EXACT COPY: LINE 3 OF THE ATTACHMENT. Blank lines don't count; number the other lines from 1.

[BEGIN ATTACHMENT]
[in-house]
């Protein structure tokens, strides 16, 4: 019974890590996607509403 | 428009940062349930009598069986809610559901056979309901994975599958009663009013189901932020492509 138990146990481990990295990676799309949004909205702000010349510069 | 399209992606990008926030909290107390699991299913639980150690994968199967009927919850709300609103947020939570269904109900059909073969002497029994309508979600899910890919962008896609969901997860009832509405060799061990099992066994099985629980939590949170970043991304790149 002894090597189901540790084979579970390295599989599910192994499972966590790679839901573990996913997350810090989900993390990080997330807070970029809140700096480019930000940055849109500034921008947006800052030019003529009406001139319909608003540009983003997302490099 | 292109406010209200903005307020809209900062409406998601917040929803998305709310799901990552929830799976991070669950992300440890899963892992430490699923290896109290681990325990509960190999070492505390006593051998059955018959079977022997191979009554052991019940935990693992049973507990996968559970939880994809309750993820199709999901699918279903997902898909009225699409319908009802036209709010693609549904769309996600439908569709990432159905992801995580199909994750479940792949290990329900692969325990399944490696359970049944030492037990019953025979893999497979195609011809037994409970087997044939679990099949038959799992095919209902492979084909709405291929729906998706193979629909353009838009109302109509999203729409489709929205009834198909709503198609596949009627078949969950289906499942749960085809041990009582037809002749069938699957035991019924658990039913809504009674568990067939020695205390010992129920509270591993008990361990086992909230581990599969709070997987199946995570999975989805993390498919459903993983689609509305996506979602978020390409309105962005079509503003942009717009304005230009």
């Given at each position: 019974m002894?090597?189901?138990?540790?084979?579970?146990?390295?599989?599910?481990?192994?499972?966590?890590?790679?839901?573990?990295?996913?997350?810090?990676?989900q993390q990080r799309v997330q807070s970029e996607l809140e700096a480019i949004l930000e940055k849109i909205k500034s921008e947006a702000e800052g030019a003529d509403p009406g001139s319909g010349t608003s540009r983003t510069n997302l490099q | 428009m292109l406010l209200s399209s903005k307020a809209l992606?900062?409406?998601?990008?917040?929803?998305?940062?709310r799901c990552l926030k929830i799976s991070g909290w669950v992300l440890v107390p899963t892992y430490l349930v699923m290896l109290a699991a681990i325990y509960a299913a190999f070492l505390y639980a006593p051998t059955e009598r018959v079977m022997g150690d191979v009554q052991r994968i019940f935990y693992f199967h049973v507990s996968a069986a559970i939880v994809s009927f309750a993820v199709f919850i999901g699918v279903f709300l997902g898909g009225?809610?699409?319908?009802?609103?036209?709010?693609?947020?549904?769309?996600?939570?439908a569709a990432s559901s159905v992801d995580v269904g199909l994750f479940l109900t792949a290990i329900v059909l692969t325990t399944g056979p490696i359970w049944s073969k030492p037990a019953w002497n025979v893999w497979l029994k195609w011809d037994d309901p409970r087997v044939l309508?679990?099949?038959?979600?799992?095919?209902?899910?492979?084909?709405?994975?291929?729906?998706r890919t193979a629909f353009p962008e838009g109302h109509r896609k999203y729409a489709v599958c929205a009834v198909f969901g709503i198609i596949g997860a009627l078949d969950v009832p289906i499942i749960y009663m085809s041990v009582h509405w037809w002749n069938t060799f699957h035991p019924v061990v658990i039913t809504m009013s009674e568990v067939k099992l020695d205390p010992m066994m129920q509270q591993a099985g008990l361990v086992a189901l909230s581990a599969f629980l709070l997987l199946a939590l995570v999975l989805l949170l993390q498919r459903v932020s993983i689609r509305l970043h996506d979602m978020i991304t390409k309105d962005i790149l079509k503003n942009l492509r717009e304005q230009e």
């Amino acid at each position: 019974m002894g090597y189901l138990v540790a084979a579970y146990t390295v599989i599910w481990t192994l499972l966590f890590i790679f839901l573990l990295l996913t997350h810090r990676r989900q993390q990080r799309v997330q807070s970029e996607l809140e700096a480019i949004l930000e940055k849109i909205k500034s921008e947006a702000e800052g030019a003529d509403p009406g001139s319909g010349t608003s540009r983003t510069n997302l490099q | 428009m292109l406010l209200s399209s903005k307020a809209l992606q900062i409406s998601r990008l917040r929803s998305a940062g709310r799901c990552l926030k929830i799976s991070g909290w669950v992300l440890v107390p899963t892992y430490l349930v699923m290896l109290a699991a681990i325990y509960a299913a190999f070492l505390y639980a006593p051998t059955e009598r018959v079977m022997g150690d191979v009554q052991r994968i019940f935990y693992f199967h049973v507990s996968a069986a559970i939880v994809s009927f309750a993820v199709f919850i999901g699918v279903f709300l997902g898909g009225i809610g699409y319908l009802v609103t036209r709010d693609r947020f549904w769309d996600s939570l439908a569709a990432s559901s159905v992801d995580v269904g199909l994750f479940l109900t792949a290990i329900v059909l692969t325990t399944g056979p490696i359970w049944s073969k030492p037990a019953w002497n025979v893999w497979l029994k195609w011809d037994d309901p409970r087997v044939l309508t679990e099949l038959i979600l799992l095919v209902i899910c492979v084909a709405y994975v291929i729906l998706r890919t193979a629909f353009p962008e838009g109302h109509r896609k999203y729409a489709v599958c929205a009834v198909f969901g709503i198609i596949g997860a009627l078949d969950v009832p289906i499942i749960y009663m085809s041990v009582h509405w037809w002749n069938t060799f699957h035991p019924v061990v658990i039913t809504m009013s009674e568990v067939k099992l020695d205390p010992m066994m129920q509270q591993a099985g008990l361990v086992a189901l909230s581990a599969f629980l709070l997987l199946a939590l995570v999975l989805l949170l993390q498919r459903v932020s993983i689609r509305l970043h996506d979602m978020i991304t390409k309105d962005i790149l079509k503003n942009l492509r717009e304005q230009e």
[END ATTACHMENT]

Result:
């Given at each position: 019974m002894?090597?189901?138990?540790?084979?579970?146990?390295?599989?599910?481990?192994?499972?966590?890590?790679?839901?573990?990295?996913?997350?810090?990676?989900q993390q990080r799309v997330q807070s970029e996607l809140e700096a480019i949004l930000e940055k849109i909205k500034s921008e947006a702000e800052g030019a003529d509403p009406g001139s319909g010349t608003s540009r983003t510069n997302l490099q | 428009m292109l406010l209200s399209s903005k307020a809209l992606?900062?409406?998601?990008?917040?929803?998305?940062?709310r799901c990552l926030k929830i799976s991070g909290w669950v992300l440890v107390p899963t892992y430490l349930v699923m290896l109290a699991a681990i325990y509960a299913a190999f070492l505390y639980a006593p051998t059955e009598r018959v079977m022997g150690d191979v009554q052991r994968i019940f935990y693992f199967h049973v507990s996968a069986a559970i939880v994809s009927f309750a993820v199709f919850i999901g699918v279903f709300l997902g898909g009225?809610?699409?319908?009802?609103?036209?709010?693609?947020?549904?769309?996600?939570?439908a569709a990432s559901s159905v992801d995580v269904g199909l994750f479940l109900t792949a290990i329900v059909l692969t325990t399944g056979p490696i359970w049944s073969k030492p037990a019953w002497n025979v893999w497979l029994k195609w011809d037994d309901p409970r087997v044939l309508?679990?099949?038959?979600?799992?095919?209902?899910?492979?084909?709405?994975?291929?729906?998706r890919t193979a629909f353009p962008e838009g109302h109509r896609k999203y729409a489709v599958c929205a009834v198909f969901g709503i198609i596949g997860a009627l078949d969950v009832p289906i499942i749960y009663m085809s041990v009582h509405w037809w002749n069938t060799f699957h035991p019924v061990v658990i039913t809504m009013s009674e568990v067939k099992l020695d205390p010992m066994m129920q509270q591993a099985g008990l361990v086992a189901l909230s581990a599969f629980l709070l997987l199946a939590l995570v999975l989805l949170l993390q498919r459903v932020s993983i689609r509305l970043h996506d979602m978020i991304t390409k309105d962005i790149l079509k503003n942009l492509r717009e304005q230009e």